New user-controlled features

Sender address rewriting

Since authenticated submission runs as you, messages you send can be modified according to your settings.

For example, since checkpassword sets $HOME, you can give ofmipd your own CDB of rules for rewriting envelope senders and From: headers.

Here’s an ofmipd-with-user-cdb wrapper to do this:



if [ -f "${user_cdb}" ]; then
    exec @PREFIX@/bin/ofmipd "${user_cdb}" "$@"
    exec @PREFIX@/bin/ofmipd "$@"

Stateful filtering

Since authenticated submission and incoming delivery both run as you, messages you send can influence what happens to messages you receive.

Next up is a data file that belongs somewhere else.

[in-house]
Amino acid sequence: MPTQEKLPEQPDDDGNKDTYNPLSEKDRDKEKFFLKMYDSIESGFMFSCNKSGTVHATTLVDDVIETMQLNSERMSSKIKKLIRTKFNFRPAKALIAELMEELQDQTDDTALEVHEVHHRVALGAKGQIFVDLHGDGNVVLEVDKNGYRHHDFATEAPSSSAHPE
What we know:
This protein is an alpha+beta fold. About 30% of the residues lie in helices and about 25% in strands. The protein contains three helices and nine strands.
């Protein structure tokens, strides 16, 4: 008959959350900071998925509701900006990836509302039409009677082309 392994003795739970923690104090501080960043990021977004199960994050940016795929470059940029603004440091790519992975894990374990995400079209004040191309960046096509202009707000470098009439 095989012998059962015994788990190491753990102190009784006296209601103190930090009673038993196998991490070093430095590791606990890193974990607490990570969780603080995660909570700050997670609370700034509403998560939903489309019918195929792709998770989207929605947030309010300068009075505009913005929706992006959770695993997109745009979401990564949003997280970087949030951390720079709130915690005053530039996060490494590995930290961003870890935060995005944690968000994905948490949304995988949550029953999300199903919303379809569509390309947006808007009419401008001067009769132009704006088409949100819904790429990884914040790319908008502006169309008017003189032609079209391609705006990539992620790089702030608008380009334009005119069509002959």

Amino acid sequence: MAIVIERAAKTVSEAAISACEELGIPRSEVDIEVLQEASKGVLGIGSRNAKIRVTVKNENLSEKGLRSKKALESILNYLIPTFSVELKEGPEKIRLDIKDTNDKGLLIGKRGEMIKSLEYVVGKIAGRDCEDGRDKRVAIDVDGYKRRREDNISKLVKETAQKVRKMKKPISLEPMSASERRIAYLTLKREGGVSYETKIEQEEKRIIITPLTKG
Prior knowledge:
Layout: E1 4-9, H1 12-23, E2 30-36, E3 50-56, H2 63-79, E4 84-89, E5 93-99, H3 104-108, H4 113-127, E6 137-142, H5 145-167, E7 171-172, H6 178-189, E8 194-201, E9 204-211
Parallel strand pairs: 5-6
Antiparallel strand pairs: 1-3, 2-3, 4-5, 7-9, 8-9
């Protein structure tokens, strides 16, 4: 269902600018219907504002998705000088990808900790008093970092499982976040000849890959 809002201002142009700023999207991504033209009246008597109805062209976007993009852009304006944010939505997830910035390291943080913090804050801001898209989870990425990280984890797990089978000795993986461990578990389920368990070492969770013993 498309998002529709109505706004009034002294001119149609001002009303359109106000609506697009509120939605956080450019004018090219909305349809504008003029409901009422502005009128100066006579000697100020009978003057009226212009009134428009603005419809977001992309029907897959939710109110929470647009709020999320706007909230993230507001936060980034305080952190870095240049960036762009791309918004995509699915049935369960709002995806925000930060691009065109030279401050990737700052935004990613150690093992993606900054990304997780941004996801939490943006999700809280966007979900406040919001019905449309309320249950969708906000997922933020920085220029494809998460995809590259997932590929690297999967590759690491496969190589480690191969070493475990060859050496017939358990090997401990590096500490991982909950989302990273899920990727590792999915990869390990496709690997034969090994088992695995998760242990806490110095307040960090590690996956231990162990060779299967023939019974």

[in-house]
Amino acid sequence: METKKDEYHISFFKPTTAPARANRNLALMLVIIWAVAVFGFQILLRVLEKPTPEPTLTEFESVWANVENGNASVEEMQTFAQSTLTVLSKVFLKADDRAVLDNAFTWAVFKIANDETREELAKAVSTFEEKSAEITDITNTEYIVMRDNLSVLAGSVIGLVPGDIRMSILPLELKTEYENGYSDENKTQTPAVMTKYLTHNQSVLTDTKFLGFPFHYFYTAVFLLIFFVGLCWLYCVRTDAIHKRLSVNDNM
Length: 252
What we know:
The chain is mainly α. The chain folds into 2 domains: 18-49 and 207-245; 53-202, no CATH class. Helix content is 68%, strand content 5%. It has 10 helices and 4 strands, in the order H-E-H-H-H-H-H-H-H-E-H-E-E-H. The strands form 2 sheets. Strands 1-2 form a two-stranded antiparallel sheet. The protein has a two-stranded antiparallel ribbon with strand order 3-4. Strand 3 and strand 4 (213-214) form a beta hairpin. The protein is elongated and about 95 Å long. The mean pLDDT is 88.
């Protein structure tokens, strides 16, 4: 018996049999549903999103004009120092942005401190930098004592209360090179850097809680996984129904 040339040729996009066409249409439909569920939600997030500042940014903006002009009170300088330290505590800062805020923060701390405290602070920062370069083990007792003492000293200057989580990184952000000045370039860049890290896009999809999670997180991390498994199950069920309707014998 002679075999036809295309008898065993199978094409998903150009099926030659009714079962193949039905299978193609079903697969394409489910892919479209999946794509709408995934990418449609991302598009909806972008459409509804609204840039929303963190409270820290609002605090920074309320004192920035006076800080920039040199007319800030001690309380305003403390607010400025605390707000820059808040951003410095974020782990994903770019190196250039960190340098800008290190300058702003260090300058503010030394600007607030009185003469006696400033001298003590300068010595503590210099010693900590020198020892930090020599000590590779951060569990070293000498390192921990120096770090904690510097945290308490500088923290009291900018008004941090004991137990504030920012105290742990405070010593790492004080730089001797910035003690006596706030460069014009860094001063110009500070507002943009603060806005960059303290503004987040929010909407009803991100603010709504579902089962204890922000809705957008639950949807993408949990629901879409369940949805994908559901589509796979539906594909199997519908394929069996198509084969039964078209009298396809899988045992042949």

For example, filtering your submitted messages through pymsgauth-filter inserts a token into the headers and records it in $HOME, where pymsgauth-confirm can find and match the token in incoming messages.

Here’s how to post to DJB’s mailing lists from any AUTH-capable mail client without ever seeing a qsecretary challenge again:

  1. Apply the QMAILQUEUE patch (available here for ofmipd, included with netqmail for qmail-smtpd).
  2. Install qmail-qfilter.
  3. Install rejectutils.
  4. Install pymsgauth with the pymsgauth-filter patch.
  5. Configure $HOME/.pymsgauth/pymsgauthrc and the relevant .qmail file.
  6. Add pymsgauth-filter to control/ofmipfilters.
  7. Set QMAILQUEUE="qmail-qfilter-queue", QMAILQUEUEFILTERS="control/ofmipfilters", and PYMSGAUTH_TOLERATE_UNCONFIGURED=1 in your service’s environment.